The second step in being sent on this mission of the Risen Lord is the realization that we can make a difference—that people will hear their need for God and for one another.  There was a young boy walking along a beach. When he came upon a starfish that had been washed up he would pick it up and throw it back into the sea.  A man who had been watching this came up and asked the boy what he was doing.  The boy told him that he was saving starfish.  The man asked, “How are you going to make a difference when there are so many star fish that get washed up on shore?”  As the boy picked up another one and threw it back into the sea, he said, “I made a difference for that one.”  Making a difference is one person at a time.  This is step number two.

The third step of being sent is relying upon the One who sends us.  We may not have the right words to say or even know what to say but He will give us words to speak.  Jesus instructs us with these words, “When the hour comes, you will be given what you are to say.  You yourselves will not be the speakers; the Spirit of your Father will be speaking in you.” (Matthew 10: 19b-20) This is the third step.

The fourth step is simply remembering that the messenger is the message.  St. Francis always instructed his brothers about the necessity of proclaiming the Gospel, using words only when necessary.

Each of us is sent out with the mission entrusted to us by Jesus Christ.  We have been given different gifts that we can use in the proclamation of repentance.  We go forth with the same Spirit who guided Jesus as He walked among us.

The Answer Is Simple – Father Peter Patrick’s Homily for July 12, 2015

Photograph of Father Peter PatrickThe messenger is the message. When Jesus called his first disciples, he instructed them to keep it simple. Simple in the way they present themselves. Remember he also called simple people, among them at the Sea of Galilee (1:16-20) to be his partners in establishing God’s Kingdom.  Then he calls them to remain with him in close companionship with the intention of sending them out to proclaim the message of the Kingdom (3:13-14) with the power that flows from their intimacy with him. Now comes the moment when he really begins to send them out with specific instructions about what to take, what not to take, where to stay, what to do and how to respond when they face rejection (6:8-11).

We also as disciples of Jesus by the virtue of our baptism were been commissioned to establish the kingdom of God here on earth. Then the question arise; how am I am to preach, since I am not a priest? The answer is simple. By our small and simple deeds with great love, as Mother Teresa of Calcutta put it.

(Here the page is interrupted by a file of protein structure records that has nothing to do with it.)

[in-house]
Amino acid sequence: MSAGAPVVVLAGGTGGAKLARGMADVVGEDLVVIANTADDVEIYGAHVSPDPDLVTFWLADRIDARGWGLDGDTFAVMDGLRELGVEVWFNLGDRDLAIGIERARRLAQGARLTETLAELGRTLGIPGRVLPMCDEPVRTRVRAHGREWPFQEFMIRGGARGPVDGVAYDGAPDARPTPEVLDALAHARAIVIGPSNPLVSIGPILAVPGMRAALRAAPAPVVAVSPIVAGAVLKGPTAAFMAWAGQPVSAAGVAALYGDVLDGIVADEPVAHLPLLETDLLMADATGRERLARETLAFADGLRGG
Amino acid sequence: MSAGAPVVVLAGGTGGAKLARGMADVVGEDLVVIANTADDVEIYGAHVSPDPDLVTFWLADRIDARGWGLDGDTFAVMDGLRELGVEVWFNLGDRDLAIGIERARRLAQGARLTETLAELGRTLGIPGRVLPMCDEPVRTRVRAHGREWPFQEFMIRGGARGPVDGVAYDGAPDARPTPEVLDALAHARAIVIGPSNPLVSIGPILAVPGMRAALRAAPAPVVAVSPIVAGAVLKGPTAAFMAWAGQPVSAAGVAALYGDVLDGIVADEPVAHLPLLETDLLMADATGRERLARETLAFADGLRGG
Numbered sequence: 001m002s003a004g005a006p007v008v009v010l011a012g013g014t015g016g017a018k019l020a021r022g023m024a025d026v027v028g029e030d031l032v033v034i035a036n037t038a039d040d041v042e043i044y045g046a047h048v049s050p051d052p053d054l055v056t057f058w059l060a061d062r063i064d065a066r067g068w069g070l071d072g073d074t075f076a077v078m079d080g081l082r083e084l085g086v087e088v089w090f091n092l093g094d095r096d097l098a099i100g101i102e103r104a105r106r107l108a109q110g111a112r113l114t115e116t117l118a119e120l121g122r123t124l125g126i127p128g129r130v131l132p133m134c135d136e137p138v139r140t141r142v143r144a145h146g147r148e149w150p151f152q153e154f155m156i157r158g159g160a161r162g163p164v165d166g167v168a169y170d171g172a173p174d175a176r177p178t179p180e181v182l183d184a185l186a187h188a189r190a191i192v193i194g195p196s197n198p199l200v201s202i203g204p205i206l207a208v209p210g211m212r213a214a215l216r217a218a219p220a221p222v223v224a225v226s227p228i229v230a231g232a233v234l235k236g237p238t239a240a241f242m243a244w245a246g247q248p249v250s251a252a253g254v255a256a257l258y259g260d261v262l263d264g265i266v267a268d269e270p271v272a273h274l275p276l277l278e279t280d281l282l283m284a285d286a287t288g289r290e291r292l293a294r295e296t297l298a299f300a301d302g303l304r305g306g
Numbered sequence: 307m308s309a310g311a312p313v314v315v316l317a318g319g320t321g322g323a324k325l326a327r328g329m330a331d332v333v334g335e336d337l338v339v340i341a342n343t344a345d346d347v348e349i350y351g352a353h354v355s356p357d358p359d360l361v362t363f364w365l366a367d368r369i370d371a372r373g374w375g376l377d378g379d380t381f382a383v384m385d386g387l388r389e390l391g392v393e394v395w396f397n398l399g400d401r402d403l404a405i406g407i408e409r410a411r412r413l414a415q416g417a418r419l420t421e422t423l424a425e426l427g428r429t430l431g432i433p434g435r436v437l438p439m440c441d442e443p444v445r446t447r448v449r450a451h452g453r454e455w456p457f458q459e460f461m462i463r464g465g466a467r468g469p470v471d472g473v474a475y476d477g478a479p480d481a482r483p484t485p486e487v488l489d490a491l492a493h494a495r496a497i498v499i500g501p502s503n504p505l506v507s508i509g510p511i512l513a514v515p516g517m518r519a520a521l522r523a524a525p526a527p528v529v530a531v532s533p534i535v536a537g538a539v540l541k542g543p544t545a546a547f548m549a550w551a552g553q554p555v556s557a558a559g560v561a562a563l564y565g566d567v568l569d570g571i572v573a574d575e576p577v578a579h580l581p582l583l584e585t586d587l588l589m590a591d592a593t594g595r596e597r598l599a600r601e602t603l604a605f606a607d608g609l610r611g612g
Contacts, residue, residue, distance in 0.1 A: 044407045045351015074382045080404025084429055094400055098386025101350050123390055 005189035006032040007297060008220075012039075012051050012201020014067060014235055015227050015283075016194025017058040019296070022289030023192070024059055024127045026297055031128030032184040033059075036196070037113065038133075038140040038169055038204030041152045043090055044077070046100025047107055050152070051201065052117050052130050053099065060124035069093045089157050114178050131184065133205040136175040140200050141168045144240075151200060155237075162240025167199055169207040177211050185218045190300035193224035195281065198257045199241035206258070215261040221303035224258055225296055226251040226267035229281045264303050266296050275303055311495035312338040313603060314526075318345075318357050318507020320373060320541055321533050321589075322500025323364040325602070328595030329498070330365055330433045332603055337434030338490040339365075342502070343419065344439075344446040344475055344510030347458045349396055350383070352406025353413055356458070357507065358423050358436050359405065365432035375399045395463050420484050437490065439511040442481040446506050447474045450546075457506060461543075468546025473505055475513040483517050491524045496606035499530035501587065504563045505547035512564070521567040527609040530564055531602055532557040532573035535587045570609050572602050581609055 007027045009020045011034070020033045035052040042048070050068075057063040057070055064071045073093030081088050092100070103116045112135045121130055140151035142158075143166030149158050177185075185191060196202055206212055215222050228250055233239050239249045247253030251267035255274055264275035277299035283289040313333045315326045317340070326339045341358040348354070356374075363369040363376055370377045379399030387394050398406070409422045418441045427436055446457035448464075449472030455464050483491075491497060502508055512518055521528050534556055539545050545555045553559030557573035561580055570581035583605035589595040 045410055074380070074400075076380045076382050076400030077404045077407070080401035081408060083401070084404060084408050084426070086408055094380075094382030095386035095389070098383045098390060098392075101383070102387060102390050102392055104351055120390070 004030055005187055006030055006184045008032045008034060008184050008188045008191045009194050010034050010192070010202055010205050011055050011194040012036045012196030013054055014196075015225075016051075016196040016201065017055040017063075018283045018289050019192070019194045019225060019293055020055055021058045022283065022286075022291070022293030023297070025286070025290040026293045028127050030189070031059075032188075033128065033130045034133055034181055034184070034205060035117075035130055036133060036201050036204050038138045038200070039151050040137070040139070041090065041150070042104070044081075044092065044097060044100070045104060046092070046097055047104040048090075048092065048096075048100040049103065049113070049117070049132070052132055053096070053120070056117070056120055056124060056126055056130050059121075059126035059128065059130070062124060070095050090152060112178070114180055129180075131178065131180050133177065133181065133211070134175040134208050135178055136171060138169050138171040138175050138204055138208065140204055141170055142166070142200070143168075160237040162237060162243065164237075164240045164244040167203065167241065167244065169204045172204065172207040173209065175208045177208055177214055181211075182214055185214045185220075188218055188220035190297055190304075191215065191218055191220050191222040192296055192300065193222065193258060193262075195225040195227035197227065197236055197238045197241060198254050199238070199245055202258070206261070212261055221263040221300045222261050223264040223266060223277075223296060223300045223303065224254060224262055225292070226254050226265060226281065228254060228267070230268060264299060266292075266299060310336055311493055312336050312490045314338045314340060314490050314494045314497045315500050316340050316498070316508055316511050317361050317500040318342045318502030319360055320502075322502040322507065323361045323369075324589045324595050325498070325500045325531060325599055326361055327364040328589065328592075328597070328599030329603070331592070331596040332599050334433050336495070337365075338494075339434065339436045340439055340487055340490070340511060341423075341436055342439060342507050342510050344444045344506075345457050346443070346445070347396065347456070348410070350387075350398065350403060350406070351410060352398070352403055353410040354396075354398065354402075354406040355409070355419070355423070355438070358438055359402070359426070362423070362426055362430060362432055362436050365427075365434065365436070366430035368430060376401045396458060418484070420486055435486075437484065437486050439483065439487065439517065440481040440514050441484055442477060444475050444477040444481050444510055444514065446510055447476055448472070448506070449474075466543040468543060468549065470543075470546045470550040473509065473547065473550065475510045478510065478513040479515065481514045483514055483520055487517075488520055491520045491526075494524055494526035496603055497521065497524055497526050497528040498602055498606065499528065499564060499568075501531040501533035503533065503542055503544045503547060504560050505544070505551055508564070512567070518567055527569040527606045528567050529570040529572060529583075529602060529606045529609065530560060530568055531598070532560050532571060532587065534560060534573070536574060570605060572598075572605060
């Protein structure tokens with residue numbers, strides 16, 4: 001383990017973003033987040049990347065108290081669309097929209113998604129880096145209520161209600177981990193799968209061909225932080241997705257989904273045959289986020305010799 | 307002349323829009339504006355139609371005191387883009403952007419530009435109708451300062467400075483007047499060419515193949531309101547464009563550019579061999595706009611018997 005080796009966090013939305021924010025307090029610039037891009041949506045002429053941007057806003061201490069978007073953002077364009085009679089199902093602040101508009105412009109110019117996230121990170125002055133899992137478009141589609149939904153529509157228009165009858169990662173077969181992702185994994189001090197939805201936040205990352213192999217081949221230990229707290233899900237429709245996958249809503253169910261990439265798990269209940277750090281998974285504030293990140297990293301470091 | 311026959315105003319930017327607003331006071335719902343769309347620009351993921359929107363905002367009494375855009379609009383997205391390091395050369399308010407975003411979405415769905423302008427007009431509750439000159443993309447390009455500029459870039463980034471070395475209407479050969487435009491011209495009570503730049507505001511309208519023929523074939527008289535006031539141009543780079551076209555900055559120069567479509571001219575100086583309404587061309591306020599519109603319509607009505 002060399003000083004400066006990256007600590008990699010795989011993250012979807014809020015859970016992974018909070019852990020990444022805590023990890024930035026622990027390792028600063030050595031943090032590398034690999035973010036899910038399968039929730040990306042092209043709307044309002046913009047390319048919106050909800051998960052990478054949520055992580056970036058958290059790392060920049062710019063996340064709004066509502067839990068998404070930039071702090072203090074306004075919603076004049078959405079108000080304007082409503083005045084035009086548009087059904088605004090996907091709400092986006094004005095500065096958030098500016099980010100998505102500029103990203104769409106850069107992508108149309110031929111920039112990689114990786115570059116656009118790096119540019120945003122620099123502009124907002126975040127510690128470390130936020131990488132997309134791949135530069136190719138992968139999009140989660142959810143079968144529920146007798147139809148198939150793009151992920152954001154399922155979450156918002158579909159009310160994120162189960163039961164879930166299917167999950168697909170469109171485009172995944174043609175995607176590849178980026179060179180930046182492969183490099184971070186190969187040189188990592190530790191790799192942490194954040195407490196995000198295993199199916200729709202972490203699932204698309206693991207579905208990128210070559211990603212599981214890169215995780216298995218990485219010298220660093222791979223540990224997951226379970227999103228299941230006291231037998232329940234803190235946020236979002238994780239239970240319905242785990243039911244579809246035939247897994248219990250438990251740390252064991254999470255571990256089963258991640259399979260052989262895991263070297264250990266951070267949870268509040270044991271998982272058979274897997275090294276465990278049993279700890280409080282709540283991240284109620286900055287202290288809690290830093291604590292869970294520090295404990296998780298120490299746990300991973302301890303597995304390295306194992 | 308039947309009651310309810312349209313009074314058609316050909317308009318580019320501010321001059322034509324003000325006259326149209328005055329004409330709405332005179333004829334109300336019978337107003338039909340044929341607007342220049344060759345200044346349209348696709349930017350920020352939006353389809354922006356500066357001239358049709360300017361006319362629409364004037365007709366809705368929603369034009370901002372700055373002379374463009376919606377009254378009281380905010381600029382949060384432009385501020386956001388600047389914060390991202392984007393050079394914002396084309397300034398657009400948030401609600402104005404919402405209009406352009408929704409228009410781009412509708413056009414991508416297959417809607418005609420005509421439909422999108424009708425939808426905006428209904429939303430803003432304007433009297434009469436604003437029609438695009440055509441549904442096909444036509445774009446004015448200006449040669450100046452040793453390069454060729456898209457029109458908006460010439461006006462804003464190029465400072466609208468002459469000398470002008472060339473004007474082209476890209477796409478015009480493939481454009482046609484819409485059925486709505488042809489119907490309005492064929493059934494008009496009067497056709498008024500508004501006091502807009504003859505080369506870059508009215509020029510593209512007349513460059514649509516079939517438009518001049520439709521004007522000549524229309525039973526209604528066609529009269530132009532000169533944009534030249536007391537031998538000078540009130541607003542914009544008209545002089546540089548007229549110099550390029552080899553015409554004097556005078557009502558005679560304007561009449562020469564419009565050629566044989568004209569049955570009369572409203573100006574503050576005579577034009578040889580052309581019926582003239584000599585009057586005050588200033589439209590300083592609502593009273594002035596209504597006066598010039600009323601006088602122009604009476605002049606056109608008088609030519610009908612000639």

In our history of our faith, we have people who have left us great examples to emulate. A good example is St. Francis of Assisi. He came from a wealthy family, but he abandoned everything and developed a deep love and concern for the outcasts and rejects of society. This grew in his heart as a result of two scripture readings that touched him deeply. First is from Genesis; It says that every person is created in the image and likeness of God. The second is from the Gospel of Matthew; it says that whatever we do for the least person, we do for Jesus.

Francis was moved by those two readings and today’s gospel, and was prompted to start a community of caring for the sick and the poor. Today, Franciscans are the largest religious community.

The gospel is calling us to detach ourselves from what is keeping us away from God and our neighbors, and rely on God’s power rather than worldly power that comes from material possessions.  Today, Jesus reminds us that following Him does not mean just going to church and saying our daily prayers, but also being faithful to His mission. We are sent by Him with the following commission: (1) to preach repentance, that is, to tell others by our words and deeds that all of us are constantly in need of reform and conversion; (2) to cast our demons, that is, to fight against the evil, sinful, unjust and ungodly ways of the world; and (3) to heal the sick, that is, to alleviate pain, suffering, sorrow and misery in the lives of people around us. Mission work is not the work of just the select few, but is our baptismal call. Hence, to be a Christian is to be a missionary. 

Let us close with St. Francis of Assisi’s prayer:

“Lord, make me an instrument of your peace. Where there is hatred, let me sow love; where there is injury, pardon; where there is doubt, faith; where there is despair, hope; where there is darkness, light; where there is sadness, joy.
O, Divine Master, grant that I may not so much seek to be consoled as to console; to be understood as to understand; to be loved as to love; For it is in giving that we receive; it is in pardoning that we are pardoned; it is in dying that we are born again to eternal life.”